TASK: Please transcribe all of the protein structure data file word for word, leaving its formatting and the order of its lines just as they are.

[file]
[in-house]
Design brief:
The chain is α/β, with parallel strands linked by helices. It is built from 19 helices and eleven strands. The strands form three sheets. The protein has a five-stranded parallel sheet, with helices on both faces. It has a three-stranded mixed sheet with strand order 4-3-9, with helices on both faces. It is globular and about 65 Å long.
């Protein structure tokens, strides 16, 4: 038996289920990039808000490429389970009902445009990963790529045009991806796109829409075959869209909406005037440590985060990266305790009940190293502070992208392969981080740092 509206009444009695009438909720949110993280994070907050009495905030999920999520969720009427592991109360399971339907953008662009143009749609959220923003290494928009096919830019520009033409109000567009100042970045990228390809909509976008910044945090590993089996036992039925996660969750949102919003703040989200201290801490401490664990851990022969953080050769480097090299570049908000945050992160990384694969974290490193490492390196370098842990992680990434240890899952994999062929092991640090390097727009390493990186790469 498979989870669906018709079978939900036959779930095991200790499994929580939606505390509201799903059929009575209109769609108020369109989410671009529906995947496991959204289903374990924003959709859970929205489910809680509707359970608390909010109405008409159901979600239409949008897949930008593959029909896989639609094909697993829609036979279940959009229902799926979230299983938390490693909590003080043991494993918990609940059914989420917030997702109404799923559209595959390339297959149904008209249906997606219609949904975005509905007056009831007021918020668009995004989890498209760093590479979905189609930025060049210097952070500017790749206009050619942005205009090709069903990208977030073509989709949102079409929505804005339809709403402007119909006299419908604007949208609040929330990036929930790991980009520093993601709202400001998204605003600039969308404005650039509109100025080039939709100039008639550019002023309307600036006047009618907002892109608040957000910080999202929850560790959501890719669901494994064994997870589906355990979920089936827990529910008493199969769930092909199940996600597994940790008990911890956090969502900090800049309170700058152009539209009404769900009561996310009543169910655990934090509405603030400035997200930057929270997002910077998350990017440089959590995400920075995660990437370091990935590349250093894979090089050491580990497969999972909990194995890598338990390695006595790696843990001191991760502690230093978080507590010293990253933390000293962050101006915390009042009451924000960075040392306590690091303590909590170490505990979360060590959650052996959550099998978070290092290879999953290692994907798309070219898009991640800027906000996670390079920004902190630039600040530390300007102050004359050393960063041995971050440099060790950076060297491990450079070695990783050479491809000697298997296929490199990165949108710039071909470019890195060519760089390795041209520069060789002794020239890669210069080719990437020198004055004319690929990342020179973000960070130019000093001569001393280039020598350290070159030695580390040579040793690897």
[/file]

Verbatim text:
[in-house]
Design brief:
The chain is α/β, with parallel strands linked by helices. It is built from 19 helices and eleven strands. The strands form three sheets. The protein has a five-stranded parallel sheet, with helices on both faces. It has a three-stranded mixed sheet with strand order 4-3-9, with helices on both faces. It is globular and about 65 Å long.
């Protein structure tokens, strides 16, 4: 038996289920990039808000490429389970009902445009990963790529045009991806796109829409075959869209909406005037440590985060990266305790009940190293502070992208392969981080740092 509206009444009695009438909720949110993280994070907050009495905030999920999520969720009427592991109360399971339907953008662009143009749609959220923003290494928009096919830019520009033409109000567009100042970045990228390809909509976008910044945090590993089996036992039925996660969750949102919003703040989200201290801490401490664990851990022969953080050769480097090299570049908000945050992160990384694969974290490193490492390196370098842990992680990434240890899952994999062929092991640090390097727009390493990186790469 498979989870669906018709079978939900036959779930095991200790499994929580939606505390509201799903059929009575209109769609108020369109989410671009529906995947496991959204289903374990924003959709859970929205489910809680509707359970608390909010109405008409159901979600239409949008897949930008593959029909896989639609094909697993829609036979279940959009229902799926979230299983938390490693909590003080043991494993918990609940059914989420917030997702109404799923559209595959390339297959149904008209249906997606219609949904975005509905007056009831007021918020668009995004989890498209760093590479979905189609930025060049210097952070500017790749206009050619942005205009090709069903990208977030073509989709949102079409929505804005339809709403402007119909006299419908604007949208609040929330990036929930790991980009520093993601709202400001998204605003600039969308404005650039509109100025080039939709100039008639550019002023309307600036006047009618907002892109608040957000910080999202929850560790959501890719669901494994064994997870589906355990979920089936827990529910008493199969769930092909199940996600597994940790008990911890956090969502900090800049309170700058152009539209009404769900009561996310009543169910655990934090509405603030400035997200930057929270997002910077998350990017440089959590995400920075995660990437370091990935590349250093894979090089050491580990497969999972909990194995890598338990390695006595790696843990001191991760502690230093978080507590010293990253933390000293962050101006915390009042009451924000960075040392306590690091303590909590170490505990979360060590959650052996959550099998978070290092290879999953290692994907798309070219898009991640800027906000996670390079920004902190630039600040530390300007102050004359050393960063041995971050440099060790950076060297491990450079070695990783050479491809000697298997296929490199990165949108710039071909470019890195060519760089390795041209520069060789002794020239890669210069080719990437020198004055004319690929990342020179973000960070130019000093001569001393280039020598350290070159030695580390040579040793690897």